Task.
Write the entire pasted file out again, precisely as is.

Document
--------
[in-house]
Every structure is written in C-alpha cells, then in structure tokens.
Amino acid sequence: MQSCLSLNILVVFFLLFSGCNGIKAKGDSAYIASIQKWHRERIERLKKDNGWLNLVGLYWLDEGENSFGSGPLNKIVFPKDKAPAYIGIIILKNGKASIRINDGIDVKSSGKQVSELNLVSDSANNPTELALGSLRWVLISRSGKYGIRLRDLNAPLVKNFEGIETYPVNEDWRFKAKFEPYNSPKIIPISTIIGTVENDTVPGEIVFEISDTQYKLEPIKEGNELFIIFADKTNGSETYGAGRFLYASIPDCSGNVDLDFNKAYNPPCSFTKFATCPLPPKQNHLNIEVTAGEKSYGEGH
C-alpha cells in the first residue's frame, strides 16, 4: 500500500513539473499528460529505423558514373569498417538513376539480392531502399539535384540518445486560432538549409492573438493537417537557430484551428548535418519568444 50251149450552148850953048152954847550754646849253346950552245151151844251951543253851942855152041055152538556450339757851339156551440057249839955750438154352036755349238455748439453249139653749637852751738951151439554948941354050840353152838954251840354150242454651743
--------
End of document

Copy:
[in-house]
Every structure is written in C-alpha cells, then in structure tokens.
Amino acid sequence: MQSCLSLNILVVFFLLFSGCNGIKAKGDSAYIASIQKWHRERIERLKKDNGWLNLVGLYWLDEGENSFGSGPLNKIVFPKDKAPAYIGIIILKNGKASIRINDGIDVKSSGKQVSELNLVSDSANNPTELALGSLRWVLISRSGKYGIRLRDLNAPLVKNFEGIETYPVNEDWRFKAKFEPYNSPKIIPISTIIGTVENDTVPGEIVFEISDTQYKLEPIKEGNELFIIFADKTNGSETYGAGRFLYASIPDCSGNVDLDFNKAYNPPCSFTKFATCPLPPKQNHLNIEVTAGEKSYGEGH
C-alpha cells in the first residue's frame, strides 16, 4: 500500500513539473499528460529505423558514373569498417538513376539480392531502399539535384540518445486560432538549409492573438493537417537557430484551428548535418519568444 50251149450552148850953048152954847550754646849253346950552245151151844251951543253851942855152041055152538556450339757851339156551440057249839955750438154352036755349238455748439453249139653749637852751738951151439554948941354050840353152838954251840354150242454651743